However, the position didn’t exist yet for anyone to take, Gau noted, and Fribis said she supported expediting the bill while Montoya was still in the city because it would have allowed officials to talk to him about staying.
Despite strong recommendations from a series of mayors and current city managers from other cities, Furrer said he has not yet seen convincing independent arguments that a “relatively small city that’s not complex” should change the way it has run for the 50 years since it was founded.
“I feel like we went into a Cadillac dealership and we asked them what kind of car we needed, and they said a Cadillac,” Furrer said. “We never talked to a Chevy dealer.”
Montoya predicted the move to a combined city clerk/city administrator position would be cost-neutral with a $92,000 salary, and total administrative staff would still cost $330,000. A separate city clerk would cost $34,000 more.
Finance Committee member Musich’s first suggested rewrite of the ordinance that creates a city administrator, Bill 40, was that the Personnel and Finance committees should not recommend a candidate, as they did with Montoya.
“I think we have allowed the Personnel and Finance committees to overstep their boundaries,” Musich said.
Instead, Musich suggested the process to hire a city administrator should look more like when Nolan hired City Engineer and Public Works Director Bryson Baker in 2013, which “worked out expeditiously and worked out nice for our city.” But Personnel Committee member Gau said the panel was also involved in hiring Baker.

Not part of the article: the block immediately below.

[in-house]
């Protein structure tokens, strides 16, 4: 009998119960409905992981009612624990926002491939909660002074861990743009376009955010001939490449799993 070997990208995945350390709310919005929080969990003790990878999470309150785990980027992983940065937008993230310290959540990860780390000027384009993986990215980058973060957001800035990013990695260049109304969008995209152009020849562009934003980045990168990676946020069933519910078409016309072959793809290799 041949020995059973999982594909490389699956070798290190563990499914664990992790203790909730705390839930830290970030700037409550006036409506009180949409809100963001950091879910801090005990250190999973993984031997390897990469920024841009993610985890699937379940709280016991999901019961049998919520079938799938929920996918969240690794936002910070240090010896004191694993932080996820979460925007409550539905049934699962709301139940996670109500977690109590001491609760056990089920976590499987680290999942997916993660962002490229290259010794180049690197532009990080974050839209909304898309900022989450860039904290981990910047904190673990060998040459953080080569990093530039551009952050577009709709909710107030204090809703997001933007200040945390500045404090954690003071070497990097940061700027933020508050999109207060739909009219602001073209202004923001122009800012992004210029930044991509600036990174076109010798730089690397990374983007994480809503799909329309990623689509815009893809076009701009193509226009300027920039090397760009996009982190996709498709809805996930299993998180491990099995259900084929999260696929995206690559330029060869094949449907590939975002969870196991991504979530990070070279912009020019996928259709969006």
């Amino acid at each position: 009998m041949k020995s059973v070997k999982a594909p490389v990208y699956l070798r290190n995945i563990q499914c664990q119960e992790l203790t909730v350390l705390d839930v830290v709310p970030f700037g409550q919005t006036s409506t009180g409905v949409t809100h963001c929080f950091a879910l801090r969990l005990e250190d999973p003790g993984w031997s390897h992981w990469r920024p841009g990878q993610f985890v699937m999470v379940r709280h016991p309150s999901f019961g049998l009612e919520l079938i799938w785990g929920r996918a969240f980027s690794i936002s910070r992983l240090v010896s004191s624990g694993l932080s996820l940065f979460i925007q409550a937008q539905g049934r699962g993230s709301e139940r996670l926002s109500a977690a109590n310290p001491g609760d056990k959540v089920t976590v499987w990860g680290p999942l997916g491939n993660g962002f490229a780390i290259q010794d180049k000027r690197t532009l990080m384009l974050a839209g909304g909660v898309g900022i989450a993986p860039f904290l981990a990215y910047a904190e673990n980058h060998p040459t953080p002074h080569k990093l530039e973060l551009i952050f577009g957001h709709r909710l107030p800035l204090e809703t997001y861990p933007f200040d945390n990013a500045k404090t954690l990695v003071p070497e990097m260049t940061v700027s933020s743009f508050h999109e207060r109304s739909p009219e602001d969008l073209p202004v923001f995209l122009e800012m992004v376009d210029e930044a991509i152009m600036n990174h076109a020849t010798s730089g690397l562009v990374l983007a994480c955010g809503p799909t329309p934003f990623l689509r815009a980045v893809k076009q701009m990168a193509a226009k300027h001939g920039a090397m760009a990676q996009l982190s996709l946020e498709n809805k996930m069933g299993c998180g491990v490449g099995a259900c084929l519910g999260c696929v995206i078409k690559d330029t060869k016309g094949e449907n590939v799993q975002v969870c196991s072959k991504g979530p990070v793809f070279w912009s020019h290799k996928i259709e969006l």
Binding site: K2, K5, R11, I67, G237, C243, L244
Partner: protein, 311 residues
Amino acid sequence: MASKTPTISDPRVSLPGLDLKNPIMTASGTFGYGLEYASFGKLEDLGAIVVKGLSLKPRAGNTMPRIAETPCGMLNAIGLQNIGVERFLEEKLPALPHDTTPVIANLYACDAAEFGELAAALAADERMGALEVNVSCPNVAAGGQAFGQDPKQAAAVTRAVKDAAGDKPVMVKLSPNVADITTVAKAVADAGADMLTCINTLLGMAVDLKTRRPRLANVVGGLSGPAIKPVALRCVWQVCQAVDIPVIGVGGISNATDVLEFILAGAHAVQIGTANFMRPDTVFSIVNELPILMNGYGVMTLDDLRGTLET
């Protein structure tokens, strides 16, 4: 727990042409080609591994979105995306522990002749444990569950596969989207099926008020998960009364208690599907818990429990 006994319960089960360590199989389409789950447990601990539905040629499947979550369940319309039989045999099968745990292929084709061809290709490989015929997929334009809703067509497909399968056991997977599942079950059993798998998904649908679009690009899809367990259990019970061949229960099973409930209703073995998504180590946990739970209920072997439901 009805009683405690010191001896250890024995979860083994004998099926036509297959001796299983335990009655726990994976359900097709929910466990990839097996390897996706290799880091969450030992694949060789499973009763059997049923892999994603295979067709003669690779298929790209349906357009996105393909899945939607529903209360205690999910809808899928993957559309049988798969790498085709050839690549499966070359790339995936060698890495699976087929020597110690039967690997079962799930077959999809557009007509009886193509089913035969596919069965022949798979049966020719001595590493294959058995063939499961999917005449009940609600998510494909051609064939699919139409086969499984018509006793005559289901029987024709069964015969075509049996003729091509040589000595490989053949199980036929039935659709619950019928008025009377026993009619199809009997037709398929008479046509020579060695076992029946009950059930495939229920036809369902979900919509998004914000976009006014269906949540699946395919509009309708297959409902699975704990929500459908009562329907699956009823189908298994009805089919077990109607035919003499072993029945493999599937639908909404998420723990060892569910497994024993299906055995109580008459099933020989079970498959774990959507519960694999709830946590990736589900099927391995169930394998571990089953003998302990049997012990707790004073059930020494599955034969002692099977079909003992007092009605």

In a discussion that brought out the 4-4 split often seen on the board this year, some aldermen disputed whether the volunteer ad hoc hiring subcommittee of Gau, Personnel Committee Chair Baebler and Finance Chair Fribis was legally disbanded when Montoya was hired and has no authority to hire Heacock or a permanent replacement.
City Attorney Robert E. Jones said he believed the subcommittee is still in play, and Baebler added that any of the aldermen could have volunteered.
“We weren’t overstepping with 7:30 meetings before work and another 5:30 meeting afterward,” Baebler said. “We weren’t overstepping in trying to do more work. I’d be happy to let whoever wants to interview (volunteer).”